Making software can be hard. It will most likely be long. The fact that every software is different and tailored for different needs makes every case unique, and uniquely difficult. But there are ways to deal with it: the approaches to development that determine the workflow and the way of achieving the end result.

Despite the fact that the process itself may vary, they have a lot in common. In most cases, they share the Software Development Life Cycle (SDLC), a general idea about how software gets done. This is a framework that can hold different specific approaches. In this article, we want to show you that combining SDLC with Lean Software Development may just be one of the best ways to go.

What is the Software Development Life Cycle?

SDLC as a concept was created to lower the cost of software development while shortening the time needed to get it done. It’s not the only way to perceive the development process, but it’s widely accepted in the dev community as something that works. It’s there so the teams don’t have to reinvent the wheel every time they start working on new software. Coincidentally, the graph explaining the Software Development Life Cycle resembles a wheel.

As the name suggests, SDLC is a cycle, which means that it repeats. There are six stages, and this fact can be utilized by your team in different ways, depending on the methodology that you adopt. If it’s Agile, each sprint will consist of these phases, rinse and repeat in short cycles, while in Waterfall, you finish a phase completely before moving to the next one. There’s also the approach unique to Lean Software Development, but before we get there, let’s take a closer look at the cycle itself.

The phases of SDLC

1. Planning

This is where you plan not only your software, but also the place it’s going to take in the market. Why do you need it and what’s the desired perception of your product? How will it answer the needs of the users? Who are your users, what do they expect, and what are their pain points? And while we’re at it, what are your pain points that can hamper progress? It’s the stage when you think not only about your software, but also about its business function, and about the way your team is going to realize it.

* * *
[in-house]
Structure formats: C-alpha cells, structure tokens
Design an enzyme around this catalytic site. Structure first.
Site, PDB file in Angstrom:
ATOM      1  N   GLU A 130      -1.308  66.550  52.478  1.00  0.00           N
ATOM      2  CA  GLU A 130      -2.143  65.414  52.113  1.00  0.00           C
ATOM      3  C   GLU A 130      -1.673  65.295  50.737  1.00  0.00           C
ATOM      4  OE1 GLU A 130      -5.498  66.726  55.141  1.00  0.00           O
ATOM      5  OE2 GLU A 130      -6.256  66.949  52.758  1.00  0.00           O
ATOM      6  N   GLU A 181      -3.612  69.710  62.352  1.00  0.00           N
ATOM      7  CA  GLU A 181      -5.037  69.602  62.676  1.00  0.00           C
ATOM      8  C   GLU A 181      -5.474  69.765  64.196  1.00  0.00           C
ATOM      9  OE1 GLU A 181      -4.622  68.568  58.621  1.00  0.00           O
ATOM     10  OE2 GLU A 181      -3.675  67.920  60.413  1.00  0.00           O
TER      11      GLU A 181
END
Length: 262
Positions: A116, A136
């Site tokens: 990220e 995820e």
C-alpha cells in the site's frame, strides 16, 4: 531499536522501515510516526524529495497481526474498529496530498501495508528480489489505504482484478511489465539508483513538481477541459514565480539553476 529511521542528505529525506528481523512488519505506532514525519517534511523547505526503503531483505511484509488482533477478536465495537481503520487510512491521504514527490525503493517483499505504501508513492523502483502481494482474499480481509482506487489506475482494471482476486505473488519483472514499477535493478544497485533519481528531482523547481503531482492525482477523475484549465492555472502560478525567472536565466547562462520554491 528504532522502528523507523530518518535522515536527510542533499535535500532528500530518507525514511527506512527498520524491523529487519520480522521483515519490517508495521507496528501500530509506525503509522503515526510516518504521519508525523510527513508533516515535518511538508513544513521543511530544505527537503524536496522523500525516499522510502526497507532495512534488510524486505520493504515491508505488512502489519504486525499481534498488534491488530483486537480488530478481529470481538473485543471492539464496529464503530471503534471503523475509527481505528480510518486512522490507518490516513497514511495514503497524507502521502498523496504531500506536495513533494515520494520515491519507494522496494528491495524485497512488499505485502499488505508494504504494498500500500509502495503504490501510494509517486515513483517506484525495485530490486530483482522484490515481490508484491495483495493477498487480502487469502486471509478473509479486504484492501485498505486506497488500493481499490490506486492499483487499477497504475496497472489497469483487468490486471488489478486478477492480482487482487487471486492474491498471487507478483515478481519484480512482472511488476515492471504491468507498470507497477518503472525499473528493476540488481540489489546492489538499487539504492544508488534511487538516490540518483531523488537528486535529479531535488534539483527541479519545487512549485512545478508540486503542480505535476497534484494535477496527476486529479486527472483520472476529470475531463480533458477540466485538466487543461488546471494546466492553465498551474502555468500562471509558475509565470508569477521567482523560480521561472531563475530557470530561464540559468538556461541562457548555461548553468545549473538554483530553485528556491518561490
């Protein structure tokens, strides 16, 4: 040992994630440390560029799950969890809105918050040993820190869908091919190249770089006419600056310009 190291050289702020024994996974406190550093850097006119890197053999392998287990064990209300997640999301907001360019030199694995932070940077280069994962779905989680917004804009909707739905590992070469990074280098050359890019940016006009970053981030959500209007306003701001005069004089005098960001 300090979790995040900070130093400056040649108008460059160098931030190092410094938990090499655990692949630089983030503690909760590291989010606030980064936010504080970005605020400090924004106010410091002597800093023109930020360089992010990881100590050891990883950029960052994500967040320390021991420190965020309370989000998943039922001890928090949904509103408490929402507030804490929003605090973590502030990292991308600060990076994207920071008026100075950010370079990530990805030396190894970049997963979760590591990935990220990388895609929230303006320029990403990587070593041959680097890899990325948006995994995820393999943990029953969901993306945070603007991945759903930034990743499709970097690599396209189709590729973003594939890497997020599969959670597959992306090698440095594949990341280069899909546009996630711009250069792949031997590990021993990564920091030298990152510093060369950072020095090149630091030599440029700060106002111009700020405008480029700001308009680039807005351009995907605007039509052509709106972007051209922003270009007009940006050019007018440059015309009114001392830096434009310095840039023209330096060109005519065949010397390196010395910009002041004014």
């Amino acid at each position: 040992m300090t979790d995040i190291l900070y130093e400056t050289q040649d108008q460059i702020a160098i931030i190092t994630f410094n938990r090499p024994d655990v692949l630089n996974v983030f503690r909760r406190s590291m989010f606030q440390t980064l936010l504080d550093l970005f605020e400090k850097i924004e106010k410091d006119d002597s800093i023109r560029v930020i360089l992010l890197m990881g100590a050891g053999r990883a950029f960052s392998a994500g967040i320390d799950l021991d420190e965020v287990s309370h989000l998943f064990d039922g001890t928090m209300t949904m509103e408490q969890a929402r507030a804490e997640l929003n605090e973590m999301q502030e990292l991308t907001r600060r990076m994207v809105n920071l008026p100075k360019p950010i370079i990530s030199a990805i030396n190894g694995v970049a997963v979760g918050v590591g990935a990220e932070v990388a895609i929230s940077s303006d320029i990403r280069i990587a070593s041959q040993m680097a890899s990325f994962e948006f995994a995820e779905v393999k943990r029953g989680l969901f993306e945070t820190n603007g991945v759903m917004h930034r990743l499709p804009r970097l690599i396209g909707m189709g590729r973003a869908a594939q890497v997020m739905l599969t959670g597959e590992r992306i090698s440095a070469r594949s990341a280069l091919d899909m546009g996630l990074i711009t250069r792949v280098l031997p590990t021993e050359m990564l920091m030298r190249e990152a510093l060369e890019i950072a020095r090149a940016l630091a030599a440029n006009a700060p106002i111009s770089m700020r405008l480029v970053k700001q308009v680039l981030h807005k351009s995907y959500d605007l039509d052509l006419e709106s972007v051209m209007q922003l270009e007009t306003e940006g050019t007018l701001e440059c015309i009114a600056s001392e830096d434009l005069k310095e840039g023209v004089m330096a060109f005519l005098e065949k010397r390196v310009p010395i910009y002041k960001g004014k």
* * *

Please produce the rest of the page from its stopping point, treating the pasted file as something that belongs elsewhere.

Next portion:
2. Designing

Having determined all of the above, you can plan out the big picture, meaning roadmap and architecture. What deadlines do you want to need? What are your priorities? What will be the milestones, and what kind of technology stack are you going to use? 

3. Development

This part is quite self-explanatory. You have set the deadlines, now you have to meet them. This is also where your approach can get more customized, and where the methodology kicks in. Note that you don’t have to 100% complete the development to move on to the next stage, which is…

4. Testing

Time to see how the software you’re making measures up to expectations. It’s good to have a QA team to get a professional and unbiased analysis.

5. Deployment

That’s the part that can be misunderstood the most. Deployment doesn’t mean a release of the complete product. It means delivering parts of it, preferably building up from the MVP, adding new functionalities or improvements. This lets you maintain a feedback loop and save time you’d otherwise waste on delivering unnecessary or secondary features. 

Once this stage is complete and feedback is taken, it’s back to phase one. The difference is, you don’t start from scratch–only re-evaluate and keep building. 

SDLC vs Lean Software Development (LSD)

We’ve established the phases, now time to clash them with the strategy of Lean Software Development. This approach also has its well-defined stages. However, it’s all based on seven key principles.

  • Don’t bother with anything that doesn’t add value to your product.